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I turned onto Cottage Place and slowed a bit as we passed the empty storefront that had once been Old World Teas. Last month we'd busted the mage who ran the shop and given him a non-choice about getting the hell out of town. Brutus was a freelance magic worker who did spells and enchanted crystals, and he'd taken work from Wyatt on occasion. He'd also taken work from Walter Thackery and the Fey, and we were sympathetic enough to his sense of capitalism and the need to make a living that we didn't just kill him outright.
The shop had been empty ever since.
A few blocks down, I spotted the familiar shape of my old residence. The building housed a couple of businesses, including a kitschy jewelry store, as well as the walk-up apartments on the second and third floors. I'd lived in one for four years with my old Triad partners Jesse and Ash. We'd abandoned it for good several months ago, but I couldn't stop a pang of guilt as I thought of my dead partners. And grief, too.
"Ash's birthday is next week," Wyatt said suddenly.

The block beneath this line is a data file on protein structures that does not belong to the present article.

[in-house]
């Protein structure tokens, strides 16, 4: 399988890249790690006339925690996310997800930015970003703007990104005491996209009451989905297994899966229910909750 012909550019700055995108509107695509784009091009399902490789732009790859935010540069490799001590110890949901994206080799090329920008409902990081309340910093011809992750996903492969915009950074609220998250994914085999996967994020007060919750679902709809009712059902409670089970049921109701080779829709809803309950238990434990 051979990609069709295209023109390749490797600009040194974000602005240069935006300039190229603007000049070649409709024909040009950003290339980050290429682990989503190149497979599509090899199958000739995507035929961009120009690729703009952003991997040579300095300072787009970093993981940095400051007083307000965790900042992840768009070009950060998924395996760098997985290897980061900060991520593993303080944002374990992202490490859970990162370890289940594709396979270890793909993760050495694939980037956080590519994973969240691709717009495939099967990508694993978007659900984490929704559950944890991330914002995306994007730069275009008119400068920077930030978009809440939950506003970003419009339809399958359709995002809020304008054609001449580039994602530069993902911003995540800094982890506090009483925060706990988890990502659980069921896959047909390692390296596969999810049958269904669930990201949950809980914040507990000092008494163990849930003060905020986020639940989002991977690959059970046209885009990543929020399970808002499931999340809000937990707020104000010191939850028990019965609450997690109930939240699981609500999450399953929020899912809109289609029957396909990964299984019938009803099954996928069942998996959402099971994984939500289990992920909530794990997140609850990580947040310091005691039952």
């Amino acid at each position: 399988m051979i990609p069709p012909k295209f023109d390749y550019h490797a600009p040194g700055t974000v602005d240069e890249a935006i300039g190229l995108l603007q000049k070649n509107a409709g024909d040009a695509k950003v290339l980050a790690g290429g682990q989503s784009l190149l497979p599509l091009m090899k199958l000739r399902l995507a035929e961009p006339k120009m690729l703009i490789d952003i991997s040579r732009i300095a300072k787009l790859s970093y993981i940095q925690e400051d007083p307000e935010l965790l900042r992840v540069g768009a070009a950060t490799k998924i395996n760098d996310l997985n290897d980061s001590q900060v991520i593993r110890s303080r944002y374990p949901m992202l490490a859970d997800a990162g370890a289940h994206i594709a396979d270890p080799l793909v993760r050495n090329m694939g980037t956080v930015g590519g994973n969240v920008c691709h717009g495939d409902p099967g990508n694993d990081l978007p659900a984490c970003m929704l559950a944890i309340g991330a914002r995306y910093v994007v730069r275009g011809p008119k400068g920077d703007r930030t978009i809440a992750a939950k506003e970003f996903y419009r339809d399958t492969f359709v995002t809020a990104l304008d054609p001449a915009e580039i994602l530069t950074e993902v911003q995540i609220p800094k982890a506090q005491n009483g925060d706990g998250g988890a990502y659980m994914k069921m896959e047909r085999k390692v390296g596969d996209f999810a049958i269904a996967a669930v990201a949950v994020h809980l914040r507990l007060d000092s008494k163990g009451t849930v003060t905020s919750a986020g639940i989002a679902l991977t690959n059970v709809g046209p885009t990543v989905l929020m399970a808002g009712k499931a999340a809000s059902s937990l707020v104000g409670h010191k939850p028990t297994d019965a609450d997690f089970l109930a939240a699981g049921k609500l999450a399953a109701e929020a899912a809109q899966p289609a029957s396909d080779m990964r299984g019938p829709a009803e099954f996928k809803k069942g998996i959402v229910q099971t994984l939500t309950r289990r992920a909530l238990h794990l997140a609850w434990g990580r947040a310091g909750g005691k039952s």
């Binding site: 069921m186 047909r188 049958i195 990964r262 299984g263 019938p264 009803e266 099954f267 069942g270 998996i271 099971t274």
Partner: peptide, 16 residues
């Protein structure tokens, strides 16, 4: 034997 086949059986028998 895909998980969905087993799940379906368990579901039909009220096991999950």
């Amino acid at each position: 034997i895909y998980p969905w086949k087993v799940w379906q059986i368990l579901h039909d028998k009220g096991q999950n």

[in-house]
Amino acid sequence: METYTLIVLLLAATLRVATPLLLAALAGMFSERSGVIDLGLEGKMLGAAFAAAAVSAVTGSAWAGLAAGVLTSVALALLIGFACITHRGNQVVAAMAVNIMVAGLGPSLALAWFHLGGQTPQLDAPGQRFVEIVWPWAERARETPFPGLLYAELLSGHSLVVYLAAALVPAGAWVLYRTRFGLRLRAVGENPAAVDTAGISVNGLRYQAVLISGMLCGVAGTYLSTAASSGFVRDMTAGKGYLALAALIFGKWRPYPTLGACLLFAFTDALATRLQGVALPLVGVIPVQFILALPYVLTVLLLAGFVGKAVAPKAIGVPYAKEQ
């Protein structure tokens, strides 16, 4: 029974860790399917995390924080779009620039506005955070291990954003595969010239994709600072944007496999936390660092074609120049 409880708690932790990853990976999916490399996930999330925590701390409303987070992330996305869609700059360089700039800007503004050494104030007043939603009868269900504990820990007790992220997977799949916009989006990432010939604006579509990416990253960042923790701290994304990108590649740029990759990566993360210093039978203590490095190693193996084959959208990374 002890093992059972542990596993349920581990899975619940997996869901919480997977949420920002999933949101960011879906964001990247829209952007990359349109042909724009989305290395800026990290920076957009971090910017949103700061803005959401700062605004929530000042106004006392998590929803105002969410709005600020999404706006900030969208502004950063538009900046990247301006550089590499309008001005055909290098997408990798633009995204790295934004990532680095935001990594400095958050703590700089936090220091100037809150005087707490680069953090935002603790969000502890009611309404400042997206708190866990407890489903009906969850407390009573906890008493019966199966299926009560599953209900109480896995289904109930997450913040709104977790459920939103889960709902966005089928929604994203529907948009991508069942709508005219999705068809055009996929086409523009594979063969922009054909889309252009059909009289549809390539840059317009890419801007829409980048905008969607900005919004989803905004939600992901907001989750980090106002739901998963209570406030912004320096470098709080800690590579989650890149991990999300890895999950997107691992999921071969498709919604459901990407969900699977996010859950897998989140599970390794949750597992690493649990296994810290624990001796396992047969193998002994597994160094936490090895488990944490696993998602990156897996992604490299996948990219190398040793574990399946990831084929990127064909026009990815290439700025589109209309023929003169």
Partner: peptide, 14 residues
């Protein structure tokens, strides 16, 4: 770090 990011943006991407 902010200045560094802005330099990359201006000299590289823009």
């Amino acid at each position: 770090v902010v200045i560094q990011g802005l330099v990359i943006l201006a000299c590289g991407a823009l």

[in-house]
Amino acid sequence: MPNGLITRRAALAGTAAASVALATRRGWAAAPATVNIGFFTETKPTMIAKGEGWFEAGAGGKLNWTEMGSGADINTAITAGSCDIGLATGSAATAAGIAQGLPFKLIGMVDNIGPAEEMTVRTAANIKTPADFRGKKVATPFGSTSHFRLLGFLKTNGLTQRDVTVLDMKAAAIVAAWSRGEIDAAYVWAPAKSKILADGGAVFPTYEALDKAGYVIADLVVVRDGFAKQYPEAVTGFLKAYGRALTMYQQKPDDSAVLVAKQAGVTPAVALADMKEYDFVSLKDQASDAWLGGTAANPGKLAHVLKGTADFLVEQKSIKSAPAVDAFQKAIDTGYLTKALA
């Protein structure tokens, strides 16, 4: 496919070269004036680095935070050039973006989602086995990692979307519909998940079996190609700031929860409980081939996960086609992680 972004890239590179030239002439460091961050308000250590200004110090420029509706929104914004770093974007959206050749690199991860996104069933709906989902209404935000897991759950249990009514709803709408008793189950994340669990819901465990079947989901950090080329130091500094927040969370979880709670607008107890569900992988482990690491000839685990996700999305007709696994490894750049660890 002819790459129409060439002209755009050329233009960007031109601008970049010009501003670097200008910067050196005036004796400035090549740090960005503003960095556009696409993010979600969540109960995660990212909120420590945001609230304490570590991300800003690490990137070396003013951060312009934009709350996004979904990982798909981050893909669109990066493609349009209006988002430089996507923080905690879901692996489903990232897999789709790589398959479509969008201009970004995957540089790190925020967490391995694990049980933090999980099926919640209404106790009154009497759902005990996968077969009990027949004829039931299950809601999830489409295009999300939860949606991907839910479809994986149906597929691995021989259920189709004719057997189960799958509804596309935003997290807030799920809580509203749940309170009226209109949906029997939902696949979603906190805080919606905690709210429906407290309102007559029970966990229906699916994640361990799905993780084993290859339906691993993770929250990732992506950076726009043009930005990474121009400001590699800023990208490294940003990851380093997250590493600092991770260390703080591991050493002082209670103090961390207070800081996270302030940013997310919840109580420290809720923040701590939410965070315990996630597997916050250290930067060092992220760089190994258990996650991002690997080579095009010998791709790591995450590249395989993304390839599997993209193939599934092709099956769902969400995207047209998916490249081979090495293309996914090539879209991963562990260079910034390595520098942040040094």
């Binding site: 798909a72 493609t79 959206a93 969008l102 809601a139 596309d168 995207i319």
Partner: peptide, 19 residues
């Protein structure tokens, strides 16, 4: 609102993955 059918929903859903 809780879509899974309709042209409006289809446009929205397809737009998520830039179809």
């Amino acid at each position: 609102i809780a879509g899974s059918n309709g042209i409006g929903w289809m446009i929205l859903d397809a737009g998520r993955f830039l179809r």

"Is it?" I was never good at remembering things like that, and our random birthday celebrations usually involved cheap cake and cheaper liquor, followed by maudlin comments about being happy to have made it to another birthday.
"Yeah. She'd have been twenty-eight."
It was a good age, since few Triad Hunters ever lived past twenty-two—kind of ironic, since that's how old I was when I died my first death. My new body was twenty-seven, and I had no idea when her (my?) birthday was.
"What's that face for?" Wyatt asked.
"Huh?" Had I been pulling a face?
"You looked confused for a second."
"Just wondering which birthday is technically mine now. When Evy Stone was born, or when Chalice Frost was born."
"What about May twentieth? The day you came back to me?"
I gave him a smile. "I can go with that."
His face went blank. "Stop."
"Stop the car."
I was in the middle of traffic and not very good at parallel parking, so I went up to the next block and found a small lot. He was already out the door before I shut off the engine, so I had to scramble to catch up. Back down the block. He was practically jogging. The foot traffic was pretty thin for a Sunday afternoon, but I still had to dodge a few bodies and angry glares.
"What is it?" I asked when I finally caught up with him.
He'd stopped across the street from our old building. His nostril twitched and his eyes were dilated. "I smell them. It's faint, but it's here."
"Over there." He pointed at my old building.
I wasn't even going to ask if he was kidding, because I knew he wasn't.
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